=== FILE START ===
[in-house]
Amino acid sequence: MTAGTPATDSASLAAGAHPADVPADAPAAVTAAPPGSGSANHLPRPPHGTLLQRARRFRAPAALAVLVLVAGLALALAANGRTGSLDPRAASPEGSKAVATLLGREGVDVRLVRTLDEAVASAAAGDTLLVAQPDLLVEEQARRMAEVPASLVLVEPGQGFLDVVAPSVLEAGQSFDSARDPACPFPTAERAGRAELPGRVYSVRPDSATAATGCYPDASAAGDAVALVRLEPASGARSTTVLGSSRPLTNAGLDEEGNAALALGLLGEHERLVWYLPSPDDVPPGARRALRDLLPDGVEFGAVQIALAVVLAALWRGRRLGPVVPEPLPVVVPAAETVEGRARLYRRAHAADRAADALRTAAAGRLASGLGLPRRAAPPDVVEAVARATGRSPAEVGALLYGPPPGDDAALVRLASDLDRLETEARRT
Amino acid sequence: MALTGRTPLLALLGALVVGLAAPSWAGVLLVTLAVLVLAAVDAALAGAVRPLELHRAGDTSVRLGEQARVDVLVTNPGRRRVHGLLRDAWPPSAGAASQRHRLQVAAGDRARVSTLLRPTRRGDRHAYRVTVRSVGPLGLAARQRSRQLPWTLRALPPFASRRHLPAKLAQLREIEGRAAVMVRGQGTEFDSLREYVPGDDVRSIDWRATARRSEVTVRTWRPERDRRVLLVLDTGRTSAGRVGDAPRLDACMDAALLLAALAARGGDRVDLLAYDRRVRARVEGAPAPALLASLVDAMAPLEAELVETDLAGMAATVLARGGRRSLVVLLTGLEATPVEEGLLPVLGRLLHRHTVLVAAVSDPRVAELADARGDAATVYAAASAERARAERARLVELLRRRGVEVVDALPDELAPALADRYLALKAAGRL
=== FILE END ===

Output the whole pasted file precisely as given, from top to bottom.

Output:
[in-house]
Amino acid sequence: MTAGTPATDSASLAAGAHPADVPADAPAAVTAAPPGSGSANHLPRPPHGTLLQRARRFRAPAALAVLVLVAGLALALAANGRTGSLDPRAASPEGSKAVATLLGREGVDVRLVRTLDEAVASAAAGDTLLVAQPDLLVEEQARRMAEVPASLVLVEPGQGFLDVVAPSVLEAGQSFDSARDPACPFPTAERAGRAELPGRVYSVRPDSATAATGCYPDASAAGDAVALVRLEPASGARSTTVLGSSRPLTNAGLDEEGNAALALGLLGEHERLVWYLPSPDDVPPGARRALRDLLPDGVEFGAVQIALAVVLAALWRGRRLGPVVPEPLPVVVPAAETVEGRARLYRRAHAADRAADALRTAAAGRLASGLGLPRRAAPPDVVEAVARATGRSPAEVGALLYGPPPGDDAALVRLASDLDRLETEARRT
Amino acid sequence: MALTGRTPLLALLGALVVGLAAPSWAGVLLVTLAVLVLAAVDAALAGAVRPLELHRAGDTSVRLGEQARVDVLVTNPGRRRVHGLLRDAWPPSAGAASQRHRLQVAAGDRARVSTLLRPTRRGDRHAYRVTVRSVGPLGLAARQRSRQLPWTLRALPPFASRRHLPAKLAQLREIEGRAAVMVRGQGTEFDSLREYVPGDDVRSIDWRATARRSEVTVRTWRPERDRRVLLVLDTGRTSAGRVGDAPRLDACMDAALLLAALAARGGDRVDLLAYDRRVRARVEGAPAPALLASLVDAMAPLEAELVETDLAGMAATVLARGGRRSLVVLLTGLEATPVEEGLLPVLGRLLHRHTVLVAAVSDPRVAELADARGDAATVYAAASAERARAERARLVELLRRRGVEVVDALPDELAPALADRYLALKAAGRL